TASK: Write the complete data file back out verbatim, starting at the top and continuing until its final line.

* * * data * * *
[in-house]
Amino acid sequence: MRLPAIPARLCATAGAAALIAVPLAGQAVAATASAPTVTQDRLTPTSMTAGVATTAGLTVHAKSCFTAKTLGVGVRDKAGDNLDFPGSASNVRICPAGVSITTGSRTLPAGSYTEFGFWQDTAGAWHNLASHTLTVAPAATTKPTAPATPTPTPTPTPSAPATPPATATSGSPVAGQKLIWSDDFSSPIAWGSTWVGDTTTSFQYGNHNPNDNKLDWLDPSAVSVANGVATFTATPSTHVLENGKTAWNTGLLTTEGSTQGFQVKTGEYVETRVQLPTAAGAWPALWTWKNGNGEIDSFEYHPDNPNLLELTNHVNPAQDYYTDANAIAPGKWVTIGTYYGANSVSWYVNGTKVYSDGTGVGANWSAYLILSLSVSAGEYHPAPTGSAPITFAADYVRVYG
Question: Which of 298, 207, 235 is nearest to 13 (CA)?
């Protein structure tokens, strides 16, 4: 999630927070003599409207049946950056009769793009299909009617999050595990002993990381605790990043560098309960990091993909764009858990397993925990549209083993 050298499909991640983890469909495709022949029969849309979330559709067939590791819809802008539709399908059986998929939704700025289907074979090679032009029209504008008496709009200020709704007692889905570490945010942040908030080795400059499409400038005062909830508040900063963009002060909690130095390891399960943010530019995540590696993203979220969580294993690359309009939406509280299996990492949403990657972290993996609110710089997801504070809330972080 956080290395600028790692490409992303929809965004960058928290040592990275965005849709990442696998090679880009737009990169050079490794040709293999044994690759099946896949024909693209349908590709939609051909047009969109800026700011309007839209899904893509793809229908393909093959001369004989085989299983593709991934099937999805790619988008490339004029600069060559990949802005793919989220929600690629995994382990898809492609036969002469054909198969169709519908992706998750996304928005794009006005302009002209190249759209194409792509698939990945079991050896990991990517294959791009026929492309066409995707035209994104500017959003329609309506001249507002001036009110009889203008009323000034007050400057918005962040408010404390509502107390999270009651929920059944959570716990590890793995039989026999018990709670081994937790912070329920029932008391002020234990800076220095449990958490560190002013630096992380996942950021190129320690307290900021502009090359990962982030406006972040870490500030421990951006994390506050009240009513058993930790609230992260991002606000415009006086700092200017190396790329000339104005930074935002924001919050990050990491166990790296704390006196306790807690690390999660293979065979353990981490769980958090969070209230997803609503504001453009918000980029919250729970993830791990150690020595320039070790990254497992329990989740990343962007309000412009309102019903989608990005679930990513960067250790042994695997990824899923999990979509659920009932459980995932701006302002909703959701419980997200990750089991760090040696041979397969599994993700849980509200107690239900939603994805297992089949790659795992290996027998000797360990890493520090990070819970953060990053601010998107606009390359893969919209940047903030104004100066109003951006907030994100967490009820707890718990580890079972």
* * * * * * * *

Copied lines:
[in-house]
Amino acid sequence: MRLPAIPARLCATAGAAALIAVPLAGQAVAATASAPTVTQDRLTPTSMTAGVATTAGLTVHAKSCFTAKTLGVGVRDKAGDNLDFPGSASNVRICPAGVSITTGSRTLPAGSYTEFGFWQDTAGAWHNLASHTLTVAPAATTKPTAPATPTPTPTPTPSAPATPPATATSGSPVAGQKLIWSDDFSSPIAWGSTWVGDTTTSFQYGNHNPNDNKLDWLDPSAVSVANGVATFTATPSTHVLENGKTAWNTGLLTTEGSTQGFQVKTGEYVETRVQLPTAAGAWPALWTWKNGNGEIDSFEYHPDNPNLLELTNHVNPAQDYYTDANAIAPGKWVTIGTYYGANSVSWYVNGTKVYSDGTGVGANWSAYLILSLSVSAGEYHPAPTGSAPITFAADYVRVYG
Question: Which of 298, 207, 235 is nearest to 13 (CA)?
């Protein structure tokens, strides 16, 4: 999630927070003599409207049946950056009769793009299909009617999050595990002993990381605790990043560098309960990091993909764009858990397993925990549209083993 050298499909991640983890469909495709022949029969849309979330559709067939590791819809802008539709399908059986998929939704700025289907074979090679032009029209504008008496709009200020709704007692889905570490945010942040908030080795400059499409400038005062909830508040900063963009002060909690130095390891399960943010530019995540590696993203979220969580294993690359309009939406509280299996990492949403990657972290993996609110710089997801504070809330972080 956080290395600028790692490409992303929809965004960058928290040592990275965005849709990442696998090679880009737009990169050079490794040709293999044994690759099946896949024909693209349908590709939609051909047009969109800026700011309007839209899904893509793809229908393909093959001369004989085989299983593709991934099937999805790619988008490339004029600069060559990949802005793919989220929600690629995994382990898809492609036969002469054909198969169709519908992706998750996304928005794009006005302009002209190249759209194409792509698939990945079991050896990991990517294959791009026929492309066409995707035209994104500017959003329609309506001249507002001036009110009889203008009323000034007050400057918005962040408010404390509502107390999270009651929920059944959570716990590890793995039989026999018990709670081994937790912070329920029932008391002020234990800076220095449990958490560190002013630096992380996942950021190129320690307290900021502009090359990962982030406006972040870490500030421990951006994390506050009240009513058993930790609230992260991002606000415009006086700092200017190396790329000339104005930074935002924001919050990050990491166990790296704390006196306790807690690390999660293979065979353990981490769980958090969070209230997803609503504001453009918000980029919250729970993830791990150690020595320039070790990254497992329990989740990343962007309000412009309102019903989608990005679930990513960067250790042994695997990824899923999990979509659920009932459980995932701006302002909703959701419980997200990750089991760090040696041979397969599994993700849980509200107690239900939603994805297992089949790659795992290996027998000797360990890493520090990070819970953060990053601010998107606009390359893969919209940047903030104004100066109003951006907030994100967490009820707890718990580890079972």